The market rally continued last week with the Dow Jones Industrial Average closing above 19,000 for the first time ever on Tuesday before exiting Black Friday’s shortened trading session 19,152.14. The same was true with the S&P 500, Nasdaq Composite Index and the Russell 2000 — all finished last week at new highs.
Granted trading volumes were a tad lighter than usual, given the skeleton crews manning the trading desks, but that accounts for just a fraction of the move we’ve seen in those four major market indices for the month of November. Since the market close on November 3, or over the last 15 trading days, the S&P 500, Dow Jones Industrial Average and the Nasdaq Composite Index has soared between 6 to 6.8 percent. Putting all three of those indices in the dust was the small cap heavy Russell 2000, which rode a rocket ship higher over the last 15 trading days, climbing more than 16 percent in the process.
The impetus behind those moves are the prospects for infrastructure investment, rolled back regulation and tax cuts discussed by President-elect Trump. In prior times, similar policies led to some of the longest bull markets in history (1953-1974 and 1982-1999) when President Eisenhower invested in infrastructure (the early 1950s), and President Reagan pursued tax cuts and deregulation.
We don’t think anyone would complain about those returns, which served to push the major indices well into positive territory for 2016. That’s the good news, but as one of the dangers of hitting escape velocity is the engine can stall. The stock equivalent has both the Dow Jones Industrial Average and the Russell 2000 well into overbought territory as the S&P 500 begins to flirt with that technical level. Even the technology-heavy Nasdaq Composite Index, which initially took a number of lumps following the outcome of the presidential election has snapped back as have shares of Facebook (FB), Amazon (AMZN), Netflix (NFLX), and Alphabet (GOOGL) — the so-called FANG stocks — rebounded.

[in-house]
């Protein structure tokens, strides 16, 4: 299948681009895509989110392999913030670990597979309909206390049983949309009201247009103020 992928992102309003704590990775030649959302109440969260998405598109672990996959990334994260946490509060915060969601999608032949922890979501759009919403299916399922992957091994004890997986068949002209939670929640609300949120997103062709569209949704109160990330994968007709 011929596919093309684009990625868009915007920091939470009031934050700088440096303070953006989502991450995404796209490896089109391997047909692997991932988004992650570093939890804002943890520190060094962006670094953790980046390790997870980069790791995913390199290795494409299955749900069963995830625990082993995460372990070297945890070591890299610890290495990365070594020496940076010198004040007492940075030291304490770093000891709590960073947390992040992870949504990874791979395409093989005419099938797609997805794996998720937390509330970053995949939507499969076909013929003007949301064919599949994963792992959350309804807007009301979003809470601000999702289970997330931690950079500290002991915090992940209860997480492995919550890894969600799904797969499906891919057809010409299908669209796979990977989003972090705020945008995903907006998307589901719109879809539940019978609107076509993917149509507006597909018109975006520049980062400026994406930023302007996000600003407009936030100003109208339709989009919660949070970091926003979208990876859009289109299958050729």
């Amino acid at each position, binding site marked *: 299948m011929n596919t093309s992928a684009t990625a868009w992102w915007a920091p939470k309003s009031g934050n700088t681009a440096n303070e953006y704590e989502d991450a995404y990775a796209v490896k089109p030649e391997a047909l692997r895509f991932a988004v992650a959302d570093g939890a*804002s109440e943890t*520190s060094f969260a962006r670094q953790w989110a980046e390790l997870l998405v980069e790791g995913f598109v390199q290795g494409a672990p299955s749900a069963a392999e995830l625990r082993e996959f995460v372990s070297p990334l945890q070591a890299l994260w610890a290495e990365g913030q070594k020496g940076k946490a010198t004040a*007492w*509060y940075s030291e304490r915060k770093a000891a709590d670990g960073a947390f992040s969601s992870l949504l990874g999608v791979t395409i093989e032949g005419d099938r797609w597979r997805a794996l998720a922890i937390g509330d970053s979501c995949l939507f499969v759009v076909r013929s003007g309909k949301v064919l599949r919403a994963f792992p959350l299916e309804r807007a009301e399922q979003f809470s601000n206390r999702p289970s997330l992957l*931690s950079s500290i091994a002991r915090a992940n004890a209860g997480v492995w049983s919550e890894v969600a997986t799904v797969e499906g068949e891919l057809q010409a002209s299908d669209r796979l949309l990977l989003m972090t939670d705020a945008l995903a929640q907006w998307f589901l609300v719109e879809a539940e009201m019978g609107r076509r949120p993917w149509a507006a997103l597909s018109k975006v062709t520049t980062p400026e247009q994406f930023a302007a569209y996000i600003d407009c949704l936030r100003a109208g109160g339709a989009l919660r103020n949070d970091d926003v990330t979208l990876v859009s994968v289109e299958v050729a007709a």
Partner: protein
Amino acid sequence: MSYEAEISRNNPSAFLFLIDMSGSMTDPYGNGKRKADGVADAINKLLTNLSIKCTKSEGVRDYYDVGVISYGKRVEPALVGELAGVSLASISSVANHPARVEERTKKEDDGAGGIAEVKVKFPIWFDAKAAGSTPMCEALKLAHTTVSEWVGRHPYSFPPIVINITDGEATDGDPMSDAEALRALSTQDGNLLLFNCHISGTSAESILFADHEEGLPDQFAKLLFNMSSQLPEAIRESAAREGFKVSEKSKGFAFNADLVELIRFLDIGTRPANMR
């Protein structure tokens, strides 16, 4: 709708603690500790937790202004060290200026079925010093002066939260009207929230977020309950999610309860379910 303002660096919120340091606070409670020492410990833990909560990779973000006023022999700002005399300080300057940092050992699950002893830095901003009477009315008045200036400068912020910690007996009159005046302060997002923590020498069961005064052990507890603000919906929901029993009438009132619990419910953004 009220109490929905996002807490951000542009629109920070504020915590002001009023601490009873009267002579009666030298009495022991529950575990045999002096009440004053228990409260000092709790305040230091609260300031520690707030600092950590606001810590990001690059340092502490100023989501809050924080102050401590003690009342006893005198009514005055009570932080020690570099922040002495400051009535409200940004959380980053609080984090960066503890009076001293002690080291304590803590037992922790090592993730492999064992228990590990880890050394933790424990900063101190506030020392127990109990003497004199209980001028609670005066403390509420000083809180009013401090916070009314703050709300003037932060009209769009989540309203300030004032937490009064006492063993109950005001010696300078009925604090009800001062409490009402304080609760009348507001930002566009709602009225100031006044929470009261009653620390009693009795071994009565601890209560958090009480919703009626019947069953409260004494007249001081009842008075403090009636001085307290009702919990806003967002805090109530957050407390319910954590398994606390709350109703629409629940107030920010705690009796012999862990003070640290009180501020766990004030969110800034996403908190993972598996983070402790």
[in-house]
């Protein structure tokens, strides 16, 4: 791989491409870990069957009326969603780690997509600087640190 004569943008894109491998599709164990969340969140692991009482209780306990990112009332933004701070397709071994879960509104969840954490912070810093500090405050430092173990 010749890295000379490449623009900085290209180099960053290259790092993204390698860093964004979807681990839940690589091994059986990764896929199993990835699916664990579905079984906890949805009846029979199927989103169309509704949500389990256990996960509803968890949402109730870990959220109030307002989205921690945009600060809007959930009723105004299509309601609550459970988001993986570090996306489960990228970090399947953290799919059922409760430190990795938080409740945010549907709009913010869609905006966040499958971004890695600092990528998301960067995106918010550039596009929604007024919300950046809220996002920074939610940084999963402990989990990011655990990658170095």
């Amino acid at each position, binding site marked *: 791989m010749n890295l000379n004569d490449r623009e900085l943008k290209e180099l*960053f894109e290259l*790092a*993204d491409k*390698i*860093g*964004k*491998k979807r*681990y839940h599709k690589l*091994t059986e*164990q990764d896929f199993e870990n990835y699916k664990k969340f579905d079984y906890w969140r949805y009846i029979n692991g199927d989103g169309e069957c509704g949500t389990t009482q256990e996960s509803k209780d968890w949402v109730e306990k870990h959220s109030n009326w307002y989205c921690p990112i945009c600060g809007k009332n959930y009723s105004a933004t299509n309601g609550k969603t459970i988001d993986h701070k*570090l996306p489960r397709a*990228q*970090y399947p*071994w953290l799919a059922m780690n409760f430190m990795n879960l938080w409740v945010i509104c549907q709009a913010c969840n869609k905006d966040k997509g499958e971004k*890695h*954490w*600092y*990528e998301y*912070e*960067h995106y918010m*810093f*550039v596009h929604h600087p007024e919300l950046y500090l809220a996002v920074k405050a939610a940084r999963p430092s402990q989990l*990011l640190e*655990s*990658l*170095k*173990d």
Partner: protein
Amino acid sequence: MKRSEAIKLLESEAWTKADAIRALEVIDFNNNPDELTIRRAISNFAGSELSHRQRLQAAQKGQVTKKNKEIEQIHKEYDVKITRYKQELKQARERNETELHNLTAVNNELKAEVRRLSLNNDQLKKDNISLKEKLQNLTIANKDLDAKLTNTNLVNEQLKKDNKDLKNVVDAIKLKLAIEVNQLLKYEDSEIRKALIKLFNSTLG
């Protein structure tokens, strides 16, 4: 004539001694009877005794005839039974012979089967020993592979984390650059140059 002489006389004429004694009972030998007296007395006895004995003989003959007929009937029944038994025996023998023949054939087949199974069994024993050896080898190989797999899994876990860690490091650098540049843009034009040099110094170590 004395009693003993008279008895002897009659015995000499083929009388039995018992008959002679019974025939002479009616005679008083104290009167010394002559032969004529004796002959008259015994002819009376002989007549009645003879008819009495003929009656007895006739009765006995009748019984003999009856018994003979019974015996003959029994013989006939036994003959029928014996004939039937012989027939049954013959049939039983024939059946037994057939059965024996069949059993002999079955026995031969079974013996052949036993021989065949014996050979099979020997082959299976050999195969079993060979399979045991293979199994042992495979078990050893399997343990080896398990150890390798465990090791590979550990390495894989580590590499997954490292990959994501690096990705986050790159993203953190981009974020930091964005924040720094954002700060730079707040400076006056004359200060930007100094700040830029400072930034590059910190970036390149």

While we recognize there is renewed optimism that the US economy is likely to grow again over the coming years, breaking free of the economic malaise of the last several years, the velocity of the stock market’s climb in such a short time frame likely means there is a high probability it will take at least a pause sooner rather than later. Granted the stock market is a forward-looking creature, but we’ve seen this many times before when expectations get ahead of reality, and there tends to be some resetting as those two meet in the middle. In other words, how much of Candidate Trump’s campaign promises will President-elect Trump become action?
The next several weeks should help provide those answers and clarity as well.
Let the Data Do the Talking
In the coming weeks, one of the indicators that we’ll be watching to gauge the market is the NYSE McClellan Oscillator (NYMOT), a momentum indicator for the Net Advances (the number of advancing issues less the number of declining issues) across the NYSE as well as the sister index the Nasdaq McClellan Oscillator (NAMO), which measures the same for the Nasdaq.
While the prospect of better economic growth lies ahead, a potential fly in that ointment is the year-to-date performance of the hedge fund community, which has lagged well behind the market indices. According to hedge fund data provider HFR, it’s HFRX Equity Hedge Index returned -0.45 percent through November 23. This is likely to result in a scramble of catch-up performance between now and the end of the year that could keep the market in overbought territory longer than usual.
In our view, while the medium-to-longer term offers the likelihood of a stronger economy and earnings growth than we’ve seen in some time that could drive the market higher, the short-term could see some volatility return as potentially exuberant expectations are hit with that all-powerful force known as gravity. We also have the Dec. 4 Italian constitutional referendum vote that could be the “third domino” to vex both the global economy and pollsters. The first two were the Brexit outcome and Candidate Trump becoming President-elect Trump. Should a “NO” vote be rendered economic reforms are likely to be abandoned, which would not only undermine the stability of the European financial system but could pave the way for Italy to leave the euro zone.